Ball Aerospace to deploy laser sensor system on US Navy vessels

8 May 2014 (Last Updated May 8th, 2014 18:30)

Ball Aerospace & Technologies has received a contract from the Nato Seasparrow Project Office to develop a new self-defence infrared laser sensor system to protect US Navy vessels.

Ball laser system

Ball Aerospace & Technologies has received a contract from the Nato Seasparrow Project Office to develop a new self-defence infrared laser sensor system to protect US Navy vessels.

As part of the $23.9m firm-fixed-price agreement, which also includes $10m in options for additional work, Ball Aerospace will be tasked with the transition and production of the Stalker long-range electro-optical infrared laser sensor system (SLREOSS).

It also covers fabrication, test and installation of the production assets, including Stalker director mount (DM) and the independent mount (IM) configuration, in addition to options for sustaining engineering, spare components and field support.

Ball Aerospace Tactical Solutions business unit vice-president and general manager Rob Freedman said that Stalker provides an important capability to the Nato Seasparrow missile system.

"Ball's improved technology and independent mount application will provide increased ship self-defence capability across more of the US Naval fleet, providing protection against new threats at sea," Freedman said.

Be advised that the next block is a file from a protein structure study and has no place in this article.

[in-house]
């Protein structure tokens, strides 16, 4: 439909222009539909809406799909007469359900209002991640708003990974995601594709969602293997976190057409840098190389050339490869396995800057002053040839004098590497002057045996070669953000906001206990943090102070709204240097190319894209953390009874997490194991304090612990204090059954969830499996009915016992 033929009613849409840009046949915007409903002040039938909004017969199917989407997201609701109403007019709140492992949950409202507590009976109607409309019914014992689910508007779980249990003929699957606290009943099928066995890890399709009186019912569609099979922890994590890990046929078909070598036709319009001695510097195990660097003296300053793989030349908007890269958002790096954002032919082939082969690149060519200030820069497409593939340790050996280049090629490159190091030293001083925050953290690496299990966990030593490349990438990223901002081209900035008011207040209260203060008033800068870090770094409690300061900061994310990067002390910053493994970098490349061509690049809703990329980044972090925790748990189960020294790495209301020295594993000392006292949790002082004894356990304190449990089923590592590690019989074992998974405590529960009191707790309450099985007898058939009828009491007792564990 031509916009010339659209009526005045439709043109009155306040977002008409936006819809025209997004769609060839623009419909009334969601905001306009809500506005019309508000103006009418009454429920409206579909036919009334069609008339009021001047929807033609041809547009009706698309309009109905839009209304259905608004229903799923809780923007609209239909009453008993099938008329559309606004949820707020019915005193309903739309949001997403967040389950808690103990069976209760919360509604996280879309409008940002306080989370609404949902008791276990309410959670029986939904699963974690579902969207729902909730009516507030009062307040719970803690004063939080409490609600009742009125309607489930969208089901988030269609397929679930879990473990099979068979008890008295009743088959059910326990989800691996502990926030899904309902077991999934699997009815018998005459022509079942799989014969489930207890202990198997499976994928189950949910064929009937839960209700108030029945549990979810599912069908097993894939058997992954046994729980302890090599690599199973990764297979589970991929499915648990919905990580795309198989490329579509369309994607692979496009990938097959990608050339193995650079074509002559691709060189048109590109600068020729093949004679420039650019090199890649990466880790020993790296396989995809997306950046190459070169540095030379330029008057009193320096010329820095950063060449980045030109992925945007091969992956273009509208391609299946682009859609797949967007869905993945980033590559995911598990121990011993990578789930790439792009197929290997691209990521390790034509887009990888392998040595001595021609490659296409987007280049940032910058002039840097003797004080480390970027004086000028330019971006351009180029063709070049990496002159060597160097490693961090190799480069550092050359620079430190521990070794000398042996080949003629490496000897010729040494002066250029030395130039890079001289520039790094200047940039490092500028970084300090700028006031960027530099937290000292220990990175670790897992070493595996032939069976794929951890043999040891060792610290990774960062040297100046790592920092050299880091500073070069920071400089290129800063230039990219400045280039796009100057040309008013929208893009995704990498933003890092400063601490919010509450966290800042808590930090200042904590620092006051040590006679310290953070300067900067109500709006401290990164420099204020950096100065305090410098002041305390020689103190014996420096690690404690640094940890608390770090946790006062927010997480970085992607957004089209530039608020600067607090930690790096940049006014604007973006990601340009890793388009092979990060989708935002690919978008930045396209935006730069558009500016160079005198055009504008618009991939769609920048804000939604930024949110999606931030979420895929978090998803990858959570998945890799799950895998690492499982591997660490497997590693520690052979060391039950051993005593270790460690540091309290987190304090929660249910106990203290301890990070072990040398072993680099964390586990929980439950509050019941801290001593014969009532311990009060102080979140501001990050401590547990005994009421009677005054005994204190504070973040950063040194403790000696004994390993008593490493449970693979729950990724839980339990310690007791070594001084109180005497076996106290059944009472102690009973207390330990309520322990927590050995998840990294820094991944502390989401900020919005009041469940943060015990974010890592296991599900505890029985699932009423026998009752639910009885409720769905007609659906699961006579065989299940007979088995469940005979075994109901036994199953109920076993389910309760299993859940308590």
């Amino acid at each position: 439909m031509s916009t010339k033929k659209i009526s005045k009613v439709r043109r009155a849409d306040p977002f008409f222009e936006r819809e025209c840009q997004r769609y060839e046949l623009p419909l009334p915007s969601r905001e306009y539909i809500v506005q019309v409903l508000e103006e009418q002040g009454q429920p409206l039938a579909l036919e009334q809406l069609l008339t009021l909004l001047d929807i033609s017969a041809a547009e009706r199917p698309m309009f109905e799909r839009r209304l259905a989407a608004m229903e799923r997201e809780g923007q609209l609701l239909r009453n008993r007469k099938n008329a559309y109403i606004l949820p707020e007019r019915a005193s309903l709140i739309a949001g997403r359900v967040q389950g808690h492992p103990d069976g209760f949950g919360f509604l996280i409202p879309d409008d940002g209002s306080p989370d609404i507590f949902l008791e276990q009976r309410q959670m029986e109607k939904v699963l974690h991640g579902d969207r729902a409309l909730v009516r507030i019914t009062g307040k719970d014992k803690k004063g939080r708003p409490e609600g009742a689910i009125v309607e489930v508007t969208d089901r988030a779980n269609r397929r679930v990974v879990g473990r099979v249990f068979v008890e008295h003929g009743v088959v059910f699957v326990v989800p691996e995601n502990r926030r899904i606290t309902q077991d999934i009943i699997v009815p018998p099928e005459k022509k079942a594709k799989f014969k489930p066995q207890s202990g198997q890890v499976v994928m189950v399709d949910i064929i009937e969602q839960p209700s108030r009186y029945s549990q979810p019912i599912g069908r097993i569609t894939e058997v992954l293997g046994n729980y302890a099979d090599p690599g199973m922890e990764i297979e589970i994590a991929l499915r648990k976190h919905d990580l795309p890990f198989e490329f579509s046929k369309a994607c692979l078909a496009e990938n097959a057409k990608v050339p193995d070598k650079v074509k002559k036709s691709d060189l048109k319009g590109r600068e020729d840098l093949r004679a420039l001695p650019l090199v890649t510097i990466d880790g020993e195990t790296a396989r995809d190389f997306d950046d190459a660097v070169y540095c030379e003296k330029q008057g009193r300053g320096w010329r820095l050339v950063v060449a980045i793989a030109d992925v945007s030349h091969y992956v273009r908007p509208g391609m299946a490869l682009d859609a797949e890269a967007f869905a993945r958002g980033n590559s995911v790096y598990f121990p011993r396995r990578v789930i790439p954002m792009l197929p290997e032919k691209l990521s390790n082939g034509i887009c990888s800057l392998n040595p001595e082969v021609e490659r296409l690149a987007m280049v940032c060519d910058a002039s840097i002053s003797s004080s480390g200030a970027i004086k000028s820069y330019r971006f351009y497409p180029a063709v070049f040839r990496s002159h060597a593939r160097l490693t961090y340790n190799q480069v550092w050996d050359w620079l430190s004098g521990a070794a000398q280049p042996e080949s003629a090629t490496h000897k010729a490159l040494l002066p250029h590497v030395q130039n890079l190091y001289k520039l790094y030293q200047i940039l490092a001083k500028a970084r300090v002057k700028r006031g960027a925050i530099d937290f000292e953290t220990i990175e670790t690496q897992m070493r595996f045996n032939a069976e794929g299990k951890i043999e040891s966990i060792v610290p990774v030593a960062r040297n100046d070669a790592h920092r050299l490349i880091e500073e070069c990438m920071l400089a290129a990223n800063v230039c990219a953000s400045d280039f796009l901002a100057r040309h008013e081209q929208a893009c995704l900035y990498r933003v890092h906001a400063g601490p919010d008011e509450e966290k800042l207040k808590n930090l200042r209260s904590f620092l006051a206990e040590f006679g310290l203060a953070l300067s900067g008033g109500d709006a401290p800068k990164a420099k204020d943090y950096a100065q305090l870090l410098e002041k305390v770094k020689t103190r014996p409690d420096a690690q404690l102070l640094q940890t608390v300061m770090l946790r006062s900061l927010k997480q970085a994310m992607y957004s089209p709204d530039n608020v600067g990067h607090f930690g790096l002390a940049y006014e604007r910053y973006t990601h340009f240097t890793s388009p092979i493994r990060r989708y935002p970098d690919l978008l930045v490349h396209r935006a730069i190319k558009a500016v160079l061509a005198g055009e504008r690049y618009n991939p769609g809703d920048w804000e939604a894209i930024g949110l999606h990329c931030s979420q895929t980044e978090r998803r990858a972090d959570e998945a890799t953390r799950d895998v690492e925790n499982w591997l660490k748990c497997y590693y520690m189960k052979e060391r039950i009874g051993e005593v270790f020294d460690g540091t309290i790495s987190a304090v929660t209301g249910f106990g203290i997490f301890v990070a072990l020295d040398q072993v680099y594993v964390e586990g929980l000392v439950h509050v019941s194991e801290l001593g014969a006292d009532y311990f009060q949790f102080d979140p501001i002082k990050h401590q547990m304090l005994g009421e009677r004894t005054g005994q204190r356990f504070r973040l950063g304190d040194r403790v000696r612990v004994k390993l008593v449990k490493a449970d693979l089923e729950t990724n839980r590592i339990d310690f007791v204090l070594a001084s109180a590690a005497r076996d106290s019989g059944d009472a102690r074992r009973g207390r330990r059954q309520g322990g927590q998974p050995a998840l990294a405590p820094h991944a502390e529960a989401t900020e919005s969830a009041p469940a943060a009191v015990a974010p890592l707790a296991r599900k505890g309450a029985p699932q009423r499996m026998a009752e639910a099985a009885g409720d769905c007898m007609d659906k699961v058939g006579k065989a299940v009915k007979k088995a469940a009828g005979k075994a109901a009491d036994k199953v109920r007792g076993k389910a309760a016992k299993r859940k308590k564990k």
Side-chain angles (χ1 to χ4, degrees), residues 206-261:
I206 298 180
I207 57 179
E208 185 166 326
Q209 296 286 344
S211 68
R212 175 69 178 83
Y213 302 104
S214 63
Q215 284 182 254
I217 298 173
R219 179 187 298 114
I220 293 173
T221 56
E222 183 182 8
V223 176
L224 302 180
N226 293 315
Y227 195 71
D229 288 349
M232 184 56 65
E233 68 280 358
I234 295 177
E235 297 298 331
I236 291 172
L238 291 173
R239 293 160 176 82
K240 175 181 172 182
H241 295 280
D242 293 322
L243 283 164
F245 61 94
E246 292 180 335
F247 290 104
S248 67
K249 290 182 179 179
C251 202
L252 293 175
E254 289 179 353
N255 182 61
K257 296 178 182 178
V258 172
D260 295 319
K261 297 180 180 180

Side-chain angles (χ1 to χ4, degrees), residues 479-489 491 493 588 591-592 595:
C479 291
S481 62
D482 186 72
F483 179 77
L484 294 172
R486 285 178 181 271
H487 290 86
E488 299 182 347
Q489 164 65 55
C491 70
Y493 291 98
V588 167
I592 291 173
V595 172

"Ball's improved technology and independent mount application will provide increased ship self-defence capability across more of the US Naval fleet, providing protection against new threats at sea."

In addition to detecting, classifying, identifying and determining hostile objectives of potential threats to the navy's ships, Stalker will characterise the purpose of small boats and other surface contacts, which will give ships more time to respond.

Nato Seasparrow Project Office Stalker lead engineer Blair Thurmond said the cooperative efforts of Navy Syscom, Fleet headquarters and Ball Aerospace have filled an urgent need for long range electro-optics on large deck ships.

"The fast-lane approach to development and fleet operational test [and] evaluation under real conditions, has resulted in best value to the navy," Thurmond said.

Based on the original Stalker sensor system, Ball Aerospace's three experimental and eight developmental LREOSS prototypes are currently deployed on multiple vessels in the navy's fleet.


Image: Ball Aerospace's sensor systems have registered more than 150,000 hours of service for more than 25 operations. Photo: courtesy of PRNewsFoto/Ball Aerospace & Technologies Co.

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